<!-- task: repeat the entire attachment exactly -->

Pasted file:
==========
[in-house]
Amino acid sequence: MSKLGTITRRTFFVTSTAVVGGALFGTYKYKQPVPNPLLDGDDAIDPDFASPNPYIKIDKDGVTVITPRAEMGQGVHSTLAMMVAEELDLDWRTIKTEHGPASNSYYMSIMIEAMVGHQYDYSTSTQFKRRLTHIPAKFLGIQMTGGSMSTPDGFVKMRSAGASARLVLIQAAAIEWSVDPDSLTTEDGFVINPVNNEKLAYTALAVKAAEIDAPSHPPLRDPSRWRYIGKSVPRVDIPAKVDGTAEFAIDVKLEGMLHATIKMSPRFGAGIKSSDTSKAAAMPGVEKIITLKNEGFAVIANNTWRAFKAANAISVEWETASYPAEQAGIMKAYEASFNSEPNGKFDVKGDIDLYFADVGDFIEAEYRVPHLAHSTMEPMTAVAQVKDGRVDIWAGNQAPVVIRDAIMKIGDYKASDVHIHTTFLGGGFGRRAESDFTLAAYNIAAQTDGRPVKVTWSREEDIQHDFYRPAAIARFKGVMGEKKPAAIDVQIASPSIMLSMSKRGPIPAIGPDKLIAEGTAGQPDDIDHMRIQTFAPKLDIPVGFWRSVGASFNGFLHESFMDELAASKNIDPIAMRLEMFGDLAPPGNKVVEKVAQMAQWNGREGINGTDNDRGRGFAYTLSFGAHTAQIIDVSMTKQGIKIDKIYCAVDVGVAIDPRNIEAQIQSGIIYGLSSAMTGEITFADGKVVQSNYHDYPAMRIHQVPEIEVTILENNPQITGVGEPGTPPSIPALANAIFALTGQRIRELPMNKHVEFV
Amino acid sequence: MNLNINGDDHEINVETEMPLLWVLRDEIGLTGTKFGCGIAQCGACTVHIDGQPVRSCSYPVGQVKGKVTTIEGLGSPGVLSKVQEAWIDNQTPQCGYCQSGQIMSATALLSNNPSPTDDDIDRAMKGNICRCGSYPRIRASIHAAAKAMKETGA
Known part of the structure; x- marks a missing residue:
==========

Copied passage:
[in-house]
Amino acid sequence: MSKLGTITRRTFFVTSTAVVGGALFGTYKYKQPVPNPLLDGDDAIDPDFASPNPYIKIDKDGVTVITPRAEMGQGVHSTLAMMVAEELDLDWRTIKTEHGPASNSYYMSIMIEAMVGHQYDYSTSTQFKRRLTHIPAKFLGIQMTGGSMSTPDGFVKMRSAGASARLVLIQAAAIEWSVDPDSLTTEDGFVINPVNNEKLAYTALAVKAAEIDAPSHPPLRDPSRWRYIGKSVPRVDIPAKVDGTAEFAIDVKLEGMLHATIKMSPRFGAGIKSSDTSKAAAMPGVEKIITLKNEGFAVIANNTWRAFKAANAISVEWETASYPAEQAGIMKAYEASFNSEPNGKFDVKGDIDLYFADVGDFIEAEYRVPHLAHSTMEPMTAVAQVKDGRVDIWAGNQAPVVIRDAIMKIGDYKASDVHIHTTFLGGGFGRRAESDFTLAAYNIAAQTDGRPVKVTWSREEDIQHDFYRPAAIARFKGVMGEKKPAAIDVQIASPSIMLSMSKRGPIPAIGPDKLIAEGTAGQPDDIDHMRIQTFAPKLDIPVGFWRSVGASFNGFLHESFMDELAASKNIDPIAMRLEMFGDLAPPGNKVVEKVAQMAQWNGREGINGTDNDRGRGFAYTLSFGAHTAQIIDVSMTKQGIKIDKIYCAVDVGVAIDPRNIEAQIQSGIIYGLSSAMTGEITFADGKVVQSNYHDYPAMRIHQVPEIEVTILENNPQITGVGEPGTPPSIPALANAIFALTGQRIRELPMNKHVEFV
Amino acid sequence: MNLNINGDDHEINVETEMPLLWVLRDEIGLTGTKFGCGIAQCGACTVHIDGQPVRSCSYPVGQVKGKVTTIEGLGSPGVLSKVQEAWIDNQTPQCGYCQSGQIMSATALLSNNPSPTDDDIDRAMKGNICRCGSYPRIRASIHAAAKAMKETGA
Known part of the structure; x- marks a missing residue: